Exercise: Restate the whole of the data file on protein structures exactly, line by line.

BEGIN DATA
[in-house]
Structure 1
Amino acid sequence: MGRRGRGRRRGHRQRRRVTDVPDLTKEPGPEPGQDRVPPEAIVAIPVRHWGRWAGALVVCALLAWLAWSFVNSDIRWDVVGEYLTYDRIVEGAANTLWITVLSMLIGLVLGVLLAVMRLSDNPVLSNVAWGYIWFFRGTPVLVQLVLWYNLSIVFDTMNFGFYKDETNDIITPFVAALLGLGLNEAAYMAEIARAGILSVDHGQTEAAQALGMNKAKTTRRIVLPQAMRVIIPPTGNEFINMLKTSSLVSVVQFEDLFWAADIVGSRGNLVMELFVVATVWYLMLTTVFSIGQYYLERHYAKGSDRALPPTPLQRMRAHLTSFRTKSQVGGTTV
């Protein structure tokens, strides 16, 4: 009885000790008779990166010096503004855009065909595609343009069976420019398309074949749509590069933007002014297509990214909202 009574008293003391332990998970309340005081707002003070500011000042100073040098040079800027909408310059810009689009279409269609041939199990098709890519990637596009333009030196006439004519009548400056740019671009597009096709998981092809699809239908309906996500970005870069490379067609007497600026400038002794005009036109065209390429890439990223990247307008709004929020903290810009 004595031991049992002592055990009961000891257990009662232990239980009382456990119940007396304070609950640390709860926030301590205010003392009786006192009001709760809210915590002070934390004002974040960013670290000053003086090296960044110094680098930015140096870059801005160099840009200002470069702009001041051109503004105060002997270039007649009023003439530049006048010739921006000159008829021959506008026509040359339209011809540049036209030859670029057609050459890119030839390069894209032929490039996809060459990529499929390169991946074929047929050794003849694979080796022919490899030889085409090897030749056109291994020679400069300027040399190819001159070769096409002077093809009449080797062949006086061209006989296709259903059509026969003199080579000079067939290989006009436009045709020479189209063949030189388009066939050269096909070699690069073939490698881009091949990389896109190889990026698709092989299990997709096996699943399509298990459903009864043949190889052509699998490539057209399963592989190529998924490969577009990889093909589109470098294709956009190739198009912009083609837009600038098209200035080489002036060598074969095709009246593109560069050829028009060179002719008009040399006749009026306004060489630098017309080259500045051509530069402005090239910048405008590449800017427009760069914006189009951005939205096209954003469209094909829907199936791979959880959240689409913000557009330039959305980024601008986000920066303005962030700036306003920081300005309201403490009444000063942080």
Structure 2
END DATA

[in-house]
Structure 1
Amino acid sequence: MGRRGRGRRRGHRQRRRVTDVPDLTKEPGPEPGQDRVPPEAIVAIPVRHWGRWAGALVVCALLAWLAWSFVNSDIRWDVVGEYLTYDRIVEGAANTLWITVLSMLIGLVLGVLLAVMRLSDNPVLSNVAWGYIWFFRGTPVLVQLVLWYNLSIVFDTMNFGFYKDETNDIITPFVAALLGLGLNEAAYMAEIARAGILSVDHGQTEAAQALGMNKAKTTRRIVLPQAMRVIIPPTGNEFINMLKTSSLVSVVQFEDLFWAADIVGSRGNLVMELFVVATVWYLMLTTVFSIGQYYLERHYAKGSDRALPPTPLQRMRAHLTSFRTKSQVGGTTV
């Protein structure tokens, strides 16, 4: 009885000790008779990166010096503004855009065909595609343009069976420019398309074949749509590069933007002014297509990214909202 009574008293003391332990998970309340005081707002003070500011000042100073040098040079800027909408310059810009689009279409269609041939199990098709890519990637596009333009030196006439004519009548400056740019671009597009096709998981092809699809239908309906996500970005870069490379067609007497600026400038002794005009036109065209390429890439990223990247307008709004929020903290810009 004595031991049992002592055990009961000891257990009662232990239980009382456990119940007396304070609950640390709860926030301590205010003392009786006192009001709760809210915590002070934390004002974040960013670290000053003086090296960044110094680098930015140096870059801005160099840009200002470069702009001041051109503004105060002997270039007649009023003439530049006048010739921006000159008829021959506008026509040359339209011809540049036209030859670029057609050459890119030839390069894209032929490039996809060459990529499929390169991946074929047929050794003849694979080796022919490899030889085409090897030749056109291994020679400069300027040399190819001159070769096409002077093809009449080797062949006086061209006989296709259903059509026969003199080579000079067939290989006009436009045709020479189209063949030189388009066939050269096909070699690069073939490698881009091949990389896109190889990026698709092989299990997709096996699943399509298990459903009864043949190889052509699998490539057209399963592989190529998924490969577009990889093909589109470098294709956009190739198009912009083609837009600038098209200035080489002036060598074969095709009246593109560069050829028009060179002719008009040399006749009026306004060489630098017309080259500045051509530069402005090239910048405008590449800017427009760069914006189009951005939205096209954003469209094909829907199936791979959880959240689409913000557009330039959305980024601008986000920066303005962030700036306003920081300005309201403490009444000063942080």
Structure 2